At a debate in Sydney Town Hall last weekend, the art critic and firebrand Robert Hughes, still bearing injuries sustained in a horrific car crash, delivered himself of that Irish-radical convict rhetoric which made The Fatal Shore an oratorical masterpiece. If you're going to tell of how the Crown sent the "bitter claws of the cat-o'-nine-tails" to Australia, along with "the road-digger's pick" and "the leg iron", it does your case no harm if you happen to be leg-braced and hobbling yourself, albeit not as a consequence of deportation. Old scores with the British Government of 20 years ago are still being settled in the course of this referendum. For some, two fingers to the monarchy now will vindicate those crimes against property and state which transportation was invented to punish in the first place. It will throw history in the teeth of the British, making a virtue of what was once considered vice.

But a more silent rhetoric also stole into the minds of those attending the Town Hall debate. Listening appreciatively to Hughes was Sydney's deputy lord mayor, one Lucy Turnbull. Another Turnbull. Who just happens to be Robert Hughes's niece. Living proof that dynasties will rise from the clear soup of republicanism no less than from the primordial mud of heredity.

Despite a recent headline in The Sydney Morning Herald - "How Howard Killed the Republic" - my only public contribution to the republic debate was on Newsnight a few years ago. Strictly speaking it isn't my business. I am only a friend of Australia, at best a sort of son-in-law. Newsnight fished me out anyway, perhaps because I was putting it around that, at least as far as Australia was concerned, I was a monarchist. Opposed to any such tomfoolery was the renowned novelist and arch-republican Thomas Keneally, speaking live via satellite from Sydney. For most of our encounter Keneally called me by every conceivable Christian name except my own, settling finally for Basil. Was he trying to make a fool of me? Without doubt. Australians don't like it when Poms take an ironic tone with them. This, too, fuels the drive for a republic - enough, now, with the Poms, and enough of being treated as a joke country.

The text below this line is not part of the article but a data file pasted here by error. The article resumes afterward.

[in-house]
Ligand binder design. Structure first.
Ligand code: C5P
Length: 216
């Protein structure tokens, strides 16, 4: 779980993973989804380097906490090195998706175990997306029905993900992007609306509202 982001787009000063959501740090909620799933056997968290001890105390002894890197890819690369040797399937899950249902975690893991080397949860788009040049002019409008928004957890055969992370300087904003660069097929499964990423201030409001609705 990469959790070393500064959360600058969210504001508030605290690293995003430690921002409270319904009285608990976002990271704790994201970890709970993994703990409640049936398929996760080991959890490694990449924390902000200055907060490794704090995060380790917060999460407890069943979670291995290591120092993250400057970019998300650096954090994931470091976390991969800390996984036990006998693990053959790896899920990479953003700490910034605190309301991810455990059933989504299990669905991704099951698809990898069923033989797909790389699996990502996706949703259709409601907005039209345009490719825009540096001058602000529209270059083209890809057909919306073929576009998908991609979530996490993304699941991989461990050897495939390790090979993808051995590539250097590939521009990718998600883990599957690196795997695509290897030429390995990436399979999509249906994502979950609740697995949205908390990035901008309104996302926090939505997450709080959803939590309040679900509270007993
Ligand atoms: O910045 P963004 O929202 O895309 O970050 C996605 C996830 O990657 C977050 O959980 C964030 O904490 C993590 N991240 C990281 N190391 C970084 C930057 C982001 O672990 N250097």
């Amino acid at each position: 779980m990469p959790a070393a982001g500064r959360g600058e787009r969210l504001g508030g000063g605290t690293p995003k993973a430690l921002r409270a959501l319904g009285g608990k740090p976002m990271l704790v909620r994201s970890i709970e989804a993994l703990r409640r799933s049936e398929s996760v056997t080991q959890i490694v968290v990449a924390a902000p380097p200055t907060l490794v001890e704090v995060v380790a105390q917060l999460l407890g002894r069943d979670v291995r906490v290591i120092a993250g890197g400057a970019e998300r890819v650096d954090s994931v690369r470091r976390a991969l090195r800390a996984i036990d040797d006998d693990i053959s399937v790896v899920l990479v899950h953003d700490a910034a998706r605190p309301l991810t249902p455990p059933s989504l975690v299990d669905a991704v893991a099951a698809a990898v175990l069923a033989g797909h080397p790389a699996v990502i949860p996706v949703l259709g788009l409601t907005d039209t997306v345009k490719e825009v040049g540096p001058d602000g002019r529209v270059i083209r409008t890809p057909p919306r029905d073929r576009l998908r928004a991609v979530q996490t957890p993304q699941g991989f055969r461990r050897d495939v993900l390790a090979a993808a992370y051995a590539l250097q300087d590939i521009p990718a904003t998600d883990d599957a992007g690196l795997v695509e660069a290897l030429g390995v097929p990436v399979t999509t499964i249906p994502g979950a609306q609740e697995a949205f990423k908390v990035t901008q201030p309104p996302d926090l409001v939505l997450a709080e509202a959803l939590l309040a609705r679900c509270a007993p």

Myself, I think the more mirth that inheres in a political system, the more sound that political system is bound to be. It is, and has been for centuries, of incalculable benefit to the English to have a comic-opera family playing out its dramas talismanically, as a sort of wax-doll effigy of all our families, at the highest level of power - an infection of knockabout ludicrousness amid the greed of elected politics. A nutty pageant that serves to remind us of the folly of all pageants, the inevitable compromise of all government, and the necessity to be forever sceptical about nationhood, citizenship, flags, anthems and the rest of it. A few mad monarchists who don't get the joke are a small price to pay for the benefits of being free from the sin of patriotism.

And this is the opéra bouffe which Australians may enjoy without a string attached. No shame to them when Diana psychobabbled. Nothing for modernist architects in Canberra to worry about when Charles espies another carbuncle. Sever the connection and where is the gain? Less is less. Take away a network of largely comical, vaguely familial associations, the disadvantages of which in money and interference are negligible, and the consequences to the culture are all negative.